5

We have an array of arrays like this:

const arrays = [
  [0, 1, 2, 3, 4, 4, 4, 4],
  [5, 6, 7, 8, 9, 10, 11, 11],
  [2, 7, 10, 12],
  [0, 7, 10, 14]
]; 

There may be duplicate elements in each array and that's fine.

But I'm after a proper solution to remove duplicate elements in each set comparing to lower sets!

So as we have a 0 in the first array and the last array, we should consider the 0 in last one a duplication and remove it...

the desired result would be:

[0, 1, 2, 3, 4, 4, 4, 4],
[5, 6, 7, 8, 9, 10, 11, 11],
[12],
[14]

It's a confusing issue for me please help...

2
  • 5
    why do you keep 10 in third array? have you tried anything? Oct 2 '20 at 15:25
  • That was a mistake after a whole day trying to learn Javascript :)
    – Pixier
    Oct 2 '20 at 15:26
7

You could collect the values in an object with index as value, and filter for values who are at the same index.

const
    arrays = [[0, 1, 2, 3, 4, 4, 4, 4], [5, 6, 7, 8, 9, 10, 11, 11], [2, 7, 10, 12], [0, 7, 10, 14]], 
    seen = {},
    result = arrays.map((array, i) => array.filter(v => (seen[v] ??= i) === i));

result.forEach(a => console.log(...a));

3
1

const arrays = [
  [0, 1, 2, 3, 4, 4, 4, 4],
  [4, 4, 5, 6, 7, 8, 9, 10, 11, 11],
  [2, 7, 10, 12],
  [0, 7, 10, 14]
]

let filtered = arrays.map((row, i) => {
  // concat all previous arrays
  let prev = [].concat(...arrays.slice(0, i))
  // filter out duplicates from prev arrays
  return row.filter(r => !prev.includes(r))
})

console.log(filtered)

4
  • note that this has a very high runtime order. building an index lookup would be quite a bit faster, at a cost of an insignificant amount of additional memory. Oct 2 '20 at 15:33
  • @Mike'Pomax'Kamermans, I agree, for arrays of more than trivial size, you should build an index variable Oct 2 '20 at 15:35
  • I'd go so far as to say "using the algorithm with the lower runtime complexity is always the better choice", even for the data shown in the question. Oct 2 '20 at 15:36
  • Simplified down to: arrays.map((r,i)=>(p =>r.filter(v=>!p.includes(v)))([].concat(...arrays.slice(0, i)))) Oct 2 '20 at 15:41
1

We can do this using Array#reduce and maintain a seen Set, which will have all visited numbers from each array.

Once you iterate over an array you push all visited elements in the seen Set, then push a new array filtered by the elements not in the seen Set:

const arrays = [
  [0, 1, 2, 3, 4, 4, 4, 4],
  [5, 6, 7, 8, 9, 10, 11, 11],
  [2, 7, 10, 12],
  [0, 7, 10, 14]
]; 

const removeDupsInSibling = (arr) => {
  let seen = new Set();
  return arr.reduce((acc, a)=> {
    const f = a.filter(v => !seen.has(v));
    seen = new Set([...seen, ...a]);
    acc.push(f);
    return acc;
  }, []);
}

console.log(removeDupsInSibling(arrays));

1

There are plenty of inefficient ways to do this, but if you want to do this in O(n), then we can make the observation that what we want to know is "which array a number is in". If we know that, we can run our algorithm in O(n):

for every element e in array at index i:
  if index(e) == i:
    this is fine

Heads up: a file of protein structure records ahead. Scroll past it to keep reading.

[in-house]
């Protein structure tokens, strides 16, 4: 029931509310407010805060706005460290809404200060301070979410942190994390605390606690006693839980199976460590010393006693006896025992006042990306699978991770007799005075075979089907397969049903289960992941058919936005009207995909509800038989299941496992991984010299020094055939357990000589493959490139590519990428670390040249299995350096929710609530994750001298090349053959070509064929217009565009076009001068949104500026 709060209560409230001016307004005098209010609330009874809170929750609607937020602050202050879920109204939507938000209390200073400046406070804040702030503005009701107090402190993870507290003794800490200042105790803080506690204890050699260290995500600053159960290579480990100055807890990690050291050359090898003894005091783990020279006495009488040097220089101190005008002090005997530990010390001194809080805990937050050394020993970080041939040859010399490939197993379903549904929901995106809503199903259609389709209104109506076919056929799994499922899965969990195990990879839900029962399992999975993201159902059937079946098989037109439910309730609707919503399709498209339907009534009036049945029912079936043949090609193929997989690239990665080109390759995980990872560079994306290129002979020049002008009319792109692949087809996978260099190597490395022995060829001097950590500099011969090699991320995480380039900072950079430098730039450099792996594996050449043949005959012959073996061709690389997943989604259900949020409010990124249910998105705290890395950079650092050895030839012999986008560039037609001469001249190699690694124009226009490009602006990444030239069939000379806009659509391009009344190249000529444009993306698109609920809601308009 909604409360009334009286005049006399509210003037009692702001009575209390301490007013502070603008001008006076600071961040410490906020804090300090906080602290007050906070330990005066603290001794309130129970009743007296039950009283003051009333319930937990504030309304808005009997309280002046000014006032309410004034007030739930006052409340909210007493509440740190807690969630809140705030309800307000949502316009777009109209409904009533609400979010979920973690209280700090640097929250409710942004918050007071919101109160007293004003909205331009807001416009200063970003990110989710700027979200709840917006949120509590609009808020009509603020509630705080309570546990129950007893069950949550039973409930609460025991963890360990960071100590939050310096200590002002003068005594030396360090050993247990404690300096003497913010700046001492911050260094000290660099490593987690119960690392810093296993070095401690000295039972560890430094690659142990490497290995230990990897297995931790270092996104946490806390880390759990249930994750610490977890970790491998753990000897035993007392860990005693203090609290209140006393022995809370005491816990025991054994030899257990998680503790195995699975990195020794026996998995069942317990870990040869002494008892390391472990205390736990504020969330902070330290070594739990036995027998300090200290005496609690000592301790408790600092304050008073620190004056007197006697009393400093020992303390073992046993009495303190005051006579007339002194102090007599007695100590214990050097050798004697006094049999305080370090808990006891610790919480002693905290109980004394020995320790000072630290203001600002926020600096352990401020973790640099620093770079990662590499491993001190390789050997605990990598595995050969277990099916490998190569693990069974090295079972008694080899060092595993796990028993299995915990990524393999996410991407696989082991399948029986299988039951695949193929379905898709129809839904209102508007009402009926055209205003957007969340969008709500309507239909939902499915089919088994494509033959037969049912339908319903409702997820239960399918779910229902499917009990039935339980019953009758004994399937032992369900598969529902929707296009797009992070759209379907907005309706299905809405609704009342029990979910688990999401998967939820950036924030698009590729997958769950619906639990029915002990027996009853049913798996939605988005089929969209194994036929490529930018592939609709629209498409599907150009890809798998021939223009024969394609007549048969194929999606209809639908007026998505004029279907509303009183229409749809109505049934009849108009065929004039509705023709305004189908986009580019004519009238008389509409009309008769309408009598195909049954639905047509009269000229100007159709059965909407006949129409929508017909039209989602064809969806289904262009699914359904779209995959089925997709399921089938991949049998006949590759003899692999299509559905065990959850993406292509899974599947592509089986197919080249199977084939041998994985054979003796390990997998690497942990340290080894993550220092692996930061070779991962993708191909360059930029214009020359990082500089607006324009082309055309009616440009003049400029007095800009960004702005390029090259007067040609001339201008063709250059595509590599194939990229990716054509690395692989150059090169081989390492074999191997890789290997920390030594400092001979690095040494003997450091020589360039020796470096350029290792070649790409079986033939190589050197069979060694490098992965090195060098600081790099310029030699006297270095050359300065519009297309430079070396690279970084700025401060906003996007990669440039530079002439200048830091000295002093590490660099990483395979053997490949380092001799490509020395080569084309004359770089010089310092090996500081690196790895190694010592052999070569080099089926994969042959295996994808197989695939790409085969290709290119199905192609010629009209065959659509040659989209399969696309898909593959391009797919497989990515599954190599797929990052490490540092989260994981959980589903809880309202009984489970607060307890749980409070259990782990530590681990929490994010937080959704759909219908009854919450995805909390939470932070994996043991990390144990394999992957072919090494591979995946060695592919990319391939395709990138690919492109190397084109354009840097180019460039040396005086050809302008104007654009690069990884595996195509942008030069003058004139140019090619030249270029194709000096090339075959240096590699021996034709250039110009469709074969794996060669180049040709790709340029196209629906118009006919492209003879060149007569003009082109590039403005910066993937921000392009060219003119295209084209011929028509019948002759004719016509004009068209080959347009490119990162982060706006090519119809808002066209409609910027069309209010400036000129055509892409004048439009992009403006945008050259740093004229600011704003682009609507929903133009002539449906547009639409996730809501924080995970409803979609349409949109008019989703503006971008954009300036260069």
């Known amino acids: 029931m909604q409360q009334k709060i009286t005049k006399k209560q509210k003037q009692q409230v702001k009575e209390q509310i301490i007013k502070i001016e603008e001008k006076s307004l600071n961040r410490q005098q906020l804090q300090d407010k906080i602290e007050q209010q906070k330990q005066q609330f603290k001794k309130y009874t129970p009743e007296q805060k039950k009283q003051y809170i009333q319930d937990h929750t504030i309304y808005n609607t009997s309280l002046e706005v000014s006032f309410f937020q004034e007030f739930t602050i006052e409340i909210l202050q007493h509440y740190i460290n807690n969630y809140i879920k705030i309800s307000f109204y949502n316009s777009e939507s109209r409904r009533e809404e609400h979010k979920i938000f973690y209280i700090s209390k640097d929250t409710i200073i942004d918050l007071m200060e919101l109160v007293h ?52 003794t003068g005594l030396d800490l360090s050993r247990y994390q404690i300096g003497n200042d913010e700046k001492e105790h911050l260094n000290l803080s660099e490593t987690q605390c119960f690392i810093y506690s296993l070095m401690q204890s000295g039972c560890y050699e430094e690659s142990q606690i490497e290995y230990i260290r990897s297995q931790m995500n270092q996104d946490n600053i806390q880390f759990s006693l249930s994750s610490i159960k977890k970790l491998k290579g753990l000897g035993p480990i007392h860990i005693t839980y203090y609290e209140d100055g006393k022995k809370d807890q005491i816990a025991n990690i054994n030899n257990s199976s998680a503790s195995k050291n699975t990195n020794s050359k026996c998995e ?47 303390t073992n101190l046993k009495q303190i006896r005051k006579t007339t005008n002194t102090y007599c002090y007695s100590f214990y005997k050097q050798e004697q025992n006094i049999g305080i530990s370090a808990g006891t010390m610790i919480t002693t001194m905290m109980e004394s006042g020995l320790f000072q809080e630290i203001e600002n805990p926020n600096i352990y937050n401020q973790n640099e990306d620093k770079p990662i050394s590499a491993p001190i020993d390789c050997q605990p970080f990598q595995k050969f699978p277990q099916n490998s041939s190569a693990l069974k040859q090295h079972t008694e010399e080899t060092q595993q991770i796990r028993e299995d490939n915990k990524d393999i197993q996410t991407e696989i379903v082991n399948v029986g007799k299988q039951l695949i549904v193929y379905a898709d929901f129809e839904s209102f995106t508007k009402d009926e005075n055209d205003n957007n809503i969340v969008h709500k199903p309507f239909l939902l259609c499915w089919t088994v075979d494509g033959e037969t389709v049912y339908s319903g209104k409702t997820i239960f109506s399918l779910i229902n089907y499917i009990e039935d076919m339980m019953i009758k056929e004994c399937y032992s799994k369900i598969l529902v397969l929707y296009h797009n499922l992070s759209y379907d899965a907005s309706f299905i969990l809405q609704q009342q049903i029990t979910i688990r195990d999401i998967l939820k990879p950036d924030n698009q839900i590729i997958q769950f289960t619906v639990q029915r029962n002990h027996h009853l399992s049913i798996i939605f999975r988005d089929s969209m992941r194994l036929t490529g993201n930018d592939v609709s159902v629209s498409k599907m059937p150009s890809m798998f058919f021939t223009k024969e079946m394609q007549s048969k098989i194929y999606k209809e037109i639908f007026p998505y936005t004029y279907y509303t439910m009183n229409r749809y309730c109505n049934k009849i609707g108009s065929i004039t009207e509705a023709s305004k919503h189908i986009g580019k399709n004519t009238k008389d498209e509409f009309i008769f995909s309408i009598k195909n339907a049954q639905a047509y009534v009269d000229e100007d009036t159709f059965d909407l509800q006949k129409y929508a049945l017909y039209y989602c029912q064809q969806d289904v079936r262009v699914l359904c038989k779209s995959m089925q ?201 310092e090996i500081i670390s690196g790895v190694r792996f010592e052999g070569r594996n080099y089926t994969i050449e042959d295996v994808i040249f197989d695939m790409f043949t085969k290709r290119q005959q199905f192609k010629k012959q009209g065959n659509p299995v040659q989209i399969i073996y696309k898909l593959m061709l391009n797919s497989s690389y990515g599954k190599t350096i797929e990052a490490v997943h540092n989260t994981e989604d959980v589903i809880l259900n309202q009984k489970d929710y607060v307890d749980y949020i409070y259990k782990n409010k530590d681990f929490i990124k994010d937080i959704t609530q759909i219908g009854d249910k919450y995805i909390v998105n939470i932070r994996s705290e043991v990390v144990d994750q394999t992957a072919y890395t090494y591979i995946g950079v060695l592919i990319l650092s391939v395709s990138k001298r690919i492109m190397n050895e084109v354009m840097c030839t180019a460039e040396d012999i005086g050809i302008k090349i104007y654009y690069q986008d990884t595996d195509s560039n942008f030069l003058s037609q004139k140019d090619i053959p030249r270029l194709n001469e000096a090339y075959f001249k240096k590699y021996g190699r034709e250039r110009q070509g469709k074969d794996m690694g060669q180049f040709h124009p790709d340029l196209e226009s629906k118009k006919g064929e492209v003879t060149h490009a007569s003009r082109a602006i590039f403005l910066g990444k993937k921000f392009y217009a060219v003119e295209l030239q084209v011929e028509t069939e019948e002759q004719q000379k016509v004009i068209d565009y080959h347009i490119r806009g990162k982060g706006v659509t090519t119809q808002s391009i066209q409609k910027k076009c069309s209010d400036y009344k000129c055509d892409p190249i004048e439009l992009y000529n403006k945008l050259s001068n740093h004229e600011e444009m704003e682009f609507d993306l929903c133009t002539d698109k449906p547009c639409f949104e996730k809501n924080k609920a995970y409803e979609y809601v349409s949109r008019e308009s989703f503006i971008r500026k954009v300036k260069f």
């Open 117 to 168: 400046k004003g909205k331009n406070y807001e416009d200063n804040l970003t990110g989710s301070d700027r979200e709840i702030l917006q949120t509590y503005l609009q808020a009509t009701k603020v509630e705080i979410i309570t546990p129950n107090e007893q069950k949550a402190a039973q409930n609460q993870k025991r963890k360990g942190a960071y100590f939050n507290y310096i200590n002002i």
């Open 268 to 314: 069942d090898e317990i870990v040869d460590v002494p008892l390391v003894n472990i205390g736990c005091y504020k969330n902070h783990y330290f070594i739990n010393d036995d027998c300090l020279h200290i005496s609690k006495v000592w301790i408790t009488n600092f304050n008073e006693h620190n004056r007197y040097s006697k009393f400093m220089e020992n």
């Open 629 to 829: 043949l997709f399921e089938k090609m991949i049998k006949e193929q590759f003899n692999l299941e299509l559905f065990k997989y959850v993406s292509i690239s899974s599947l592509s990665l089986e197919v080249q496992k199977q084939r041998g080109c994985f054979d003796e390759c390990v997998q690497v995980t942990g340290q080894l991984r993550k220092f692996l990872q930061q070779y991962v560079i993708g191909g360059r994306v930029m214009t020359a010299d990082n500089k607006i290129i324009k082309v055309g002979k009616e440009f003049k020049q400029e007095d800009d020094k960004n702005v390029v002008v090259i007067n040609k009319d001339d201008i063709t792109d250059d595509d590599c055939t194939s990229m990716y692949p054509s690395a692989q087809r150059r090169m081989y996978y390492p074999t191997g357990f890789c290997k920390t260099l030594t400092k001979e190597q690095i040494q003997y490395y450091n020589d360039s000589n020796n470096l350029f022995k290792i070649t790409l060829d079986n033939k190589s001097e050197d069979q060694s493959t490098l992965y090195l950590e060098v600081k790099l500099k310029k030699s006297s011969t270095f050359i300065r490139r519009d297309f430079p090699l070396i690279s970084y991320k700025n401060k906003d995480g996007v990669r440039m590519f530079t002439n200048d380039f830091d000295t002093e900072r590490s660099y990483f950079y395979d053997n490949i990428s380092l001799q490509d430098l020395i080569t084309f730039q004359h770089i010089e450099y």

if index(e) < i:
    remove this e

So let's just do literally that: we allocate an object to act as our lookup, and then we run through all elements:

const lookup = {};

const arrays = [
  [0, 1, 2, 3, 4, 4, 4, 4],
  [5, 6, 7, 8, 9, 10, 11, 11],
  [2, 7, 10, 12],
  [0, 7, 10, 14]
];

const reduced = arrays.map((array, index) => {
  // run through the elements in reverse, so that we can
  // safely remove bad elements without affecting the loop:
  for(let i=array.length-1; i>=0; i--) {
    let value = array[i];
    let knownIndex = (lookup[value] ??= index);
    if (knownIndex < index) {
      // removing from "somewhere" in the array
      // uses the splice function:
      array.splice(i,1);
    }
  }
  return array;
});

console.log(reduced);

For an alternative, where the loop+splice is taken care of using filter, see Nina's answer.

1

Simple, clean and high performance solution:

const arrays = [
  [0, 1, 2, 3, 4, 4, 4, 4],
  [5, 6, 7, 8, 9, 10, 11, 11],
  [2, 7, 10, 12],
  [0, 7, 10, 14]
]; 

const duplicates = {};

const answer = arrays.map( (array, level) => {
  return array.filter( el => {
    if ( duplicates[el] < level ) {
      // return nothing; fine
    } else {
      duplicates[el] = level;
      return el
    }
  })
});

console.log(JSON.stringify(answer))

here is on-liner and less-readable form:

const d = {}, arrays = [ [0, 1, 2, 3, 4, 4, 4, 4], [5, 6, 7, 8, 9, 10, 11, 11], [2, 7, 10, 12], [0, 7, 10, 14]];

const answer = arrays.map((a,l)=> a.filter(el=> d[el]<l ? 0 : (d[el]=l,el)));

console.log(JSON.stringify(answer))

2
  • Check the desired output. Oct 2 '20 at 15:39
  • This answer deserved more recognition; readability and performance wise.
    – Mhmdrz_A
    Oct 2 '20 at 16:30
0
const arrays = [
  [0, 1, 2, 3, 4, 4, 4, 4],
  [5, 6, 7, 8, 9, 10, 11, 11],
  [2, 7, 10, 12],
  [0, 7, 10, 14],
];

const output = arrays.reduce(
  ({ output, set }, current, i) => {
    output[i] = current.filter((num) => !set.has(num));
    [...new Set(output[i])].forEach((num) => set.add(num));
    return { output, set };
  },
  { output: [], set: new Set() }
).output;

console.log(output);

Gets the exact output you want:

[
  [
    0, 1, 2, 3,
    4, 4, 4, 4
  ],
  [
    5,  6,  7,  8,
    9, 10, 11, 11
  ],
  [ 12 ],
  [ 14 ]
]

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